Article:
A couple of years ago following a JISC webinar I wrote a blog post on ‘Pedagogic Planners and Phoebe’. I have recently revisited this topic to consider whether these tools have a role to play as staff prepare for the implementation of a new academic framework from 2013 here at Kingston.
I first engaged with technology supported learning design a few years ago at the time the initial IMS Learning Design specification was published. The aim of the specification is to describe a learning design in a format that can be interpreted and played by standards compliant software environments and tools (e.g. the TENCompetence Foundation editor and player). The implementation of this specification therefore has the potential to translate any pedagogic model into a form that can be delivered online. I can certainly see the benefits to this approach and how it could additionally promote sharing and interoperability of learning designs across compliant systems. At the current time however our core learning technologies do not support the specification; we use multiple core systems (e.g. VLE, ELGG, WordPress) and personal and mobile technologies are becoming increasingly important and; our learning and teaching straddles both virtual and physical spaces. I also recently attended a fascinating online seminar organised by ALT ‘To what extent should learning design be supported computationally?’ being discussed by Diana Laurillard and Stephen Downes. Part of the debate centred on whether there is or can ever be a functionally useful neutral language that can be used to fully describe and represent learning and teaching. For these reasons, complexities and also the timescales we are working to I considered that there was greater immediate potential for engaging with learning design advisory tools. There are a number of these tools freely available. Originally I evaluated Phoebe, and although I think this continues to be a useful web-based advisory tool in most respects this had been superseded the Learning Design Support Environment. A further useful category of advisory tools have been the primarily paper based tools designed to be used in staff development workshops, e.g. 7Cs Learning Design workshop resources (Beyond Distance Research Alliance).
The issues of computational representation and language of learning design discussed in the ALT seminar still of course apply but I felt towards the end of the ALT debate there was some agreement that such tools could be useful for academics as a starting point, for prompting different approaches and re-thinking. Laurillard further made the points that to share good practice you need to be able to represent it, and if your learning design fails you do have a representation to go back to and revise. Conole (2012) argues that to effectively exploit the promise and potential of technology we need to move from belief based and implicit learning and teaching approaches to those that are design based and explicit, promoting sharing and ‘reflective scholarly practice’.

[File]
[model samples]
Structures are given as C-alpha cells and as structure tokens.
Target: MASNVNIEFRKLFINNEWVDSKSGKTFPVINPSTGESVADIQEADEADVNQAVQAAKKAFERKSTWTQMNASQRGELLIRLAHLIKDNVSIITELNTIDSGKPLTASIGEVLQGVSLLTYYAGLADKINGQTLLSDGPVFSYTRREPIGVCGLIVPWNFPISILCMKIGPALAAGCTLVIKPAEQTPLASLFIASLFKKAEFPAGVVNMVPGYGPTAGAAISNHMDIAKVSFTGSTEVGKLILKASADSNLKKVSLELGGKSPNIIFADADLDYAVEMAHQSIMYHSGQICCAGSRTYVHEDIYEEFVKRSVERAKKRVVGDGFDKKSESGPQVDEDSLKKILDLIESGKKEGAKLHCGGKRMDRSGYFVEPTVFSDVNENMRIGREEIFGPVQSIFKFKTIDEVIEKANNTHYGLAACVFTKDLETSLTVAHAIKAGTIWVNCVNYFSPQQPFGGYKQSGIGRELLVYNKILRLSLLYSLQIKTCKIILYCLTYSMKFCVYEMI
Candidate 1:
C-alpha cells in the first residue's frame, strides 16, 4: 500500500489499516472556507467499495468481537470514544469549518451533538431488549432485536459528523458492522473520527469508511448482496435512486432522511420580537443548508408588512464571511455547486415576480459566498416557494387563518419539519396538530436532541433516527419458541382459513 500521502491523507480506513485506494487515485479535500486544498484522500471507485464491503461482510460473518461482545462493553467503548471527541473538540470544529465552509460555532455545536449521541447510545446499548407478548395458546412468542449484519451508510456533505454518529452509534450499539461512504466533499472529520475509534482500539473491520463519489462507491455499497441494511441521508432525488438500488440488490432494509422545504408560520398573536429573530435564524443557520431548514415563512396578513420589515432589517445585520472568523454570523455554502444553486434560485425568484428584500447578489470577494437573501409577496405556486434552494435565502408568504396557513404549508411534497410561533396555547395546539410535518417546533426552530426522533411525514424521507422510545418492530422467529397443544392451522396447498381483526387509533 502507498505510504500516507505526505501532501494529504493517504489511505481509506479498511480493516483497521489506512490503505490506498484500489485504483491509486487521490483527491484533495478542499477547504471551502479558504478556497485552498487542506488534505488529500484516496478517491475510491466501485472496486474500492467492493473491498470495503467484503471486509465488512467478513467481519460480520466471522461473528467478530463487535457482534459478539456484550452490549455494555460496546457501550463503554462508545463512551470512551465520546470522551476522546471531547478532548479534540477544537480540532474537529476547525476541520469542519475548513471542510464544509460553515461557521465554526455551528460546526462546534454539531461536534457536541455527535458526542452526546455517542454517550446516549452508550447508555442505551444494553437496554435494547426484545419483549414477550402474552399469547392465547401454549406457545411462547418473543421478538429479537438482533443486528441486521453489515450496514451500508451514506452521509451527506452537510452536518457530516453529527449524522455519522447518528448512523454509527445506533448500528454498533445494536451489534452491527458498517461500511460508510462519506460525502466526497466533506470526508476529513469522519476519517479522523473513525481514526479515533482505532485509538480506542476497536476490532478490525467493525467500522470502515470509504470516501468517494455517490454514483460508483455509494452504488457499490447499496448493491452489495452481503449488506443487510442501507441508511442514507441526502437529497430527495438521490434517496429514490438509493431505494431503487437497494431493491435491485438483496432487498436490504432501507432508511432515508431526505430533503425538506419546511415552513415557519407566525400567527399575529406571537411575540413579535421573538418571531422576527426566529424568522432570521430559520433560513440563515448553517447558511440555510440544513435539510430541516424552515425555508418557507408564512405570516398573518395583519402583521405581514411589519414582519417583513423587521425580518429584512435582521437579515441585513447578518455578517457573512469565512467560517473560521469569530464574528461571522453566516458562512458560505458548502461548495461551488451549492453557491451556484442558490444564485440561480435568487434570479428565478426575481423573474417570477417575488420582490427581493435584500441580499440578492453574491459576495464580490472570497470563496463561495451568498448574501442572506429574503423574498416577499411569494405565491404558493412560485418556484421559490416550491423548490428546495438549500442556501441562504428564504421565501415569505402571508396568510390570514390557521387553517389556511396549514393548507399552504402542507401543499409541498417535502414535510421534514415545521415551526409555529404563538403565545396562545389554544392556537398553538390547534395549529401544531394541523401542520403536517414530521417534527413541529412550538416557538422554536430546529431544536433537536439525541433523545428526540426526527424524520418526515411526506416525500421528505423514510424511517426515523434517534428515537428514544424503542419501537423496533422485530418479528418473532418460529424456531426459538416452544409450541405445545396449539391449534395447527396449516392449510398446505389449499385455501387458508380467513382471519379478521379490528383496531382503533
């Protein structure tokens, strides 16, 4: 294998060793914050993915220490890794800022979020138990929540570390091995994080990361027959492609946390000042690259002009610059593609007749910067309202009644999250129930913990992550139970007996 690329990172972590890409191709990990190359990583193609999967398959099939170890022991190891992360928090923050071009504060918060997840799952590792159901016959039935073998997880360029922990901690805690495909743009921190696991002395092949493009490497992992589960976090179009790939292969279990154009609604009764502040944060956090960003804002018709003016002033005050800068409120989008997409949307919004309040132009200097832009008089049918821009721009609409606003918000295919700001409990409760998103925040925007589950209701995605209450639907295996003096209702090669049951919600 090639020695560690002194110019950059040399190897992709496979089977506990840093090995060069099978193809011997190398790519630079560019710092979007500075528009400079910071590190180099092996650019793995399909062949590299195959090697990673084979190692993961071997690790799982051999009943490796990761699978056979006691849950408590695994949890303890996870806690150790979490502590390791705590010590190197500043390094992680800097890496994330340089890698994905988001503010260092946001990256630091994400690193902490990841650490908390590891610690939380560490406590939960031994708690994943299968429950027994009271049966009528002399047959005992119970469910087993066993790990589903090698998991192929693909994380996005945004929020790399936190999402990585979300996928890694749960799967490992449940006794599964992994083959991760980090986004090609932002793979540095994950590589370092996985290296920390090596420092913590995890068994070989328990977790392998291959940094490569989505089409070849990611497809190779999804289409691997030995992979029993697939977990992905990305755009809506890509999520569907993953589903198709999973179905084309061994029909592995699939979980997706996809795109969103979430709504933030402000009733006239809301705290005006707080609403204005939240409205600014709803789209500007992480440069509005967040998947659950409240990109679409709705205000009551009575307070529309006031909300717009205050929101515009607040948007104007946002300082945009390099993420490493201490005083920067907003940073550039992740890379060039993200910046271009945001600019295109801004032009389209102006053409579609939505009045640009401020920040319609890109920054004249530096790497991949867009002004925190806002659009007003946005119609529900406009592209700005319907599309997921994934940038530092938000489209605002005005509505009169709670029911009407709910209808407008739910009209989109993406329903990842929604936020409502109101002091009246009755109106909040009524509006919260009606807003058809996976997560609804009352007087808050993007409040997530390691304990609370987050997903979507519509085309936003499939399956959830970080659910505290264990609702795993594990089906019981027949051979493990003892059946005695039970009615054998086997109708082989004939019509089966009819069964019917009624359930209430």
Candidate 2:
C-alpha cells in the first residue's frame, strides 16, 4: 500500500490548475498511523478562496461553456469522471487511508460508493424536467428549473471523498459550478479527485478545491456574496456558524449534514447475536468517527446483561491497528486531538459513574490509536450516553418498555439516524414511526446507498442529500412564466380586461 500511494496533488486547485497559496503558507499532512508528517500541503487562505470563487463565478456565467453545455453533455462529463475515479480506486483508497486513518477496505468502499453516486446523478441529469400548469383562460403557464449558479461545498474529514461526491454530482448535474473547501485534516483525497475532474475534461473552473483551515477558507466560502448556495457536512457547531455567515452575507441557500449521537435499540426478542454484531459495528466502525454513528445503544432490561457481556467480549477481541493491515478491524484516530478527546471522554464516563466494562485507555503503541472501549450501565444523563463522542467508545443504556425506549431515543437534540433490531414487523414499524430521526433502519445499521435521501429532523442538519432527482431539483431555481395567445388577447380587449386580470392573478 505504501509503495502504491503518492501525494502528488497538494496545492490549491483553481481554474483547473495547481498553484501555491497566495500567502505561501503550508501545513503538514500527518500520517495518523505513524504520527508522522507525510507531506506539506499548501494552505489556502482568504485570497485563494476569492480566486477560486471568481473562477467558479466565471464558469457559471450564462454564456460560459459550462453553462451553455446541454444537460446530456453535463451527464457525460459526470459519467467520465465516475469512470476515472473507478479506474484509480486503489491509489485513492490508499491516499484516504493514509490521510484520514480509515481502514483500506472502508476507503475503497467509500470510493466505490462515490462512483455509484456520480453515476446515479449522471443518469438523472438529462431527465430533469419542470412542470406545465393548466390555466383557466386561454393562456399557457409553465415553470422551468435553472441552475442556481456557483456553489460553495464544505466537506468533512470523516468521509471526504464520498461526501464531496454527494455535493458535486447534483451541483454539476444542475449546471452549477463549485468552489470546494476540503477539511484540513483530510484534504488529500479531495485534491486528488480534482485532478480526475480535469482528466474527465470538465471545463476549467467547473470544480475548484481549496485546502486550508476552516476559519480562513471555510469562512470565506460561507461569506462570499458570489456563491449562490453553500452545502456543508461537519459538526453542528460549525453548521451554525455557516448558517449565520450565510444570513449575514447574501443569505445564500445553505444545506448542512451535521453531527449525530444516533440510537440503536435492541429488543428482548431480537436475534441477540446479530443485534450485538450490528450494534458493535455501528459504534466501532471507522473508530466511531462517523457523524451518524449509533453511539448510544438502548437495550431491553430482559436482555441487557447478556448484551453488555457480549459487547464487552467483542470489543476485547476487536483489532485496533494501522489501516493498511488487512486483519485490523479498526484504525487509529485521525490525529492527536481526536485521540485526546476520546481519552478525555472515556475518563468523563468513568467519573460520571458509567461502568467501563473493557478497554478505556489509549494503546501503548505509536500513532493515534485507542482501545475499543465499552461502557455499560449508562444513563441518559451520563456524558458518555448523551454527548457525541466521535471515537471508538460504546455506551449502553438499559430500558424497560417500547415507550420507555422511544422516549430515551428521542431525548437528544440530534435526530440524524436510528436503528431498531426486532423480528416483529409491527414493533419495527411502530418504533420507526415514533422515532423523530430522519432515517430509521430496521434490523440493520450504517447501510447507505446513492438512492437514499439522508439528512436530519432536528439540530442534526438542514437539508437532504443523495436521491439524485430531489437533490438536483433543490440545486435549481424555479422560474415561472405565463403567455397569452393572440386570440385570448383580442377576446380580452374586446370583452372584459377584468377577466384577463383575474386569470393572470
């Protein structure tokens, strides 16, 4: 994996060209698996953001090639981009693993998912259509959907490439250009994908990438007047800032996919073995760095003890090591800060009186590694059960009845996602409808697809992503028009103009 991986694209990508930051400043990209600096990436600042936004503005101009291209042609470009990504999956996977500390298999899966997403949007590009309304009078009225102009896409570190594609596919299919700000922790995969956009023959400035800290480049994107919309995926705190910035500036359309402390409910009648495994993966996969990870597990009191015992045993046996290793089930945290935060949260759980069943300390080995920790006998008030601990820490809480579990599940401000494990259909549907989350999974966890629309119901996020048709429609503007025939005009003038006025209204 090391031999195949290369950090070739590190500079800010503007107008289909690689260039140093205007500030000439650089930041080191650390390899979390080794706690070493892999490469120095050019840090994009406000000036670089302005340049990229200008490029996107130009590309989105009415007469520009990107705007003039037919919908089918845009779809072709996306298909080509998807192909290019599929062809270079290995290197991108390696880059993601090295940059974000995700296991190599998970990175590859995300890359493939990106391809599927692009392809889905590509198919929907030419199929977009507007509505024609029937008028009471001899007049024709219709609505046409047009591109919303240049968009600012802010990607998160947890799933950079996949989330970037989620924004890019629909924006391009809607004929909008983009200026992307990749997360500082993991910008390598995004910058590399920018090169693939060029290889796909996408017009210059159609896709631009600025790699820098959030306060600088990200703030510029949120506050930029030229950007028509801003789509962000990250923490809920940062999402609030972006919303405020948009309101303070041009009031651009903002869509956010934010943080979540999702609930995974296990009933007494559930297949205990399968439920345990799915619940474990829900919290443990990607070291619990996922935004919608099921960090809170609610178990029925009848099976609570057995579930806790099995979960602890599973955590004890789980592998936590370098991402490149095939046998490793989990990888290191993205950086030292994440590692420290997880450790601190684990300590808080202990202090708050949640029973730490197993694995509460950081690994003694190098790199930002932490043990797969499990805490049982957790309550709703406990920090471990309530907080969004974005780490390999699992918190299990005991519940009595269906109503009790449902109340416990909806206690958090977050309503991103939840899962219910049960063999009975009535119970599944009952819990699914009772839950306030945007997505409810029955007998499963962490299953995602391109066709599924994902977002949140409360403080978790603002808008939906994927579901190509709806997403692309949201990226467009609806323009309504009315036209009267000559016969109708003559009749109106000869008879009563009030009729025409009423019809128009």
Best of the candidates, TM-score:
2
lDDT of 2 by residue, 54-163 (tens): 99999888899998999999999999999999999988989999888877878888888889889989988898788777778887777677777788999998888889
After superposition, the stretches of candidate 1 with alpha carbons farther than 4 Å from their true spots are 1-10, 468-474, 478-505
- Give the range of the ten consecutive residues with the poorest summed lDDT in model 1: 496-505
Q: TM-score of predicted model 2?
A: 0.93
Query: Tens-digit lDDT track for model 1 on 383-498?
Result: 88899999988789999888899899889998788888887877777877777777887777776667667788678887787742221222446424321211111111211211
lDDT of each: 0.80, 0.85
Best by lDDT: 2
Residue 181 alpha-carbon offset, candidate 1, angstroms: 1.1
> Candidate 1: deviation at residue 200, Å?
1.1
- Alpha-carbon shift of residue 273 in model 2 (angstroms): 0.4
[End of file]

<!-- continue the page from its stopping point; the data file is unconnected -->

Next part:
Both Phoebe and the LDSE provide this kind of support. The LDSE provides an extensive palette of learning outcomes and learning and teaching activities along with tools that provide a visual representation of sequencing, activity balance and overall summary. Both tools are able to save and share learning designs, though Phoebe has an advantage in this respect being web based and with the ability to openly share (with Creative Commons License). In the case of LDSE sharing is via an export file.
In summary I feel that learning design advisory tools have a real role to play in supporting staff in designing teaching and learning activities from individual sessions through to a sequence of activities throughout a module. This is achieved through considering the design of learning more explicitly; prompting with ideas and activities and; providing tools that aid reflection and potentially promote sharing. The use of such tools in combination with student feedback and developments in learning analytics offer academics a potentially powerful toolkit to aid teaching practice. These tools also have the potential to involve students in learning and teaching design.
For reasons as discussed in the ALT seminar these learning designs will probably not be suitable for directly evaluating or ranking against each other, at least across different academic frameworks, and will need to be interpreted in context. However with this understanding in mind they can provide rich and explicit representations of learning designs that can be readily interpreted and used to inform practice, and probably particularly useful in staff development events.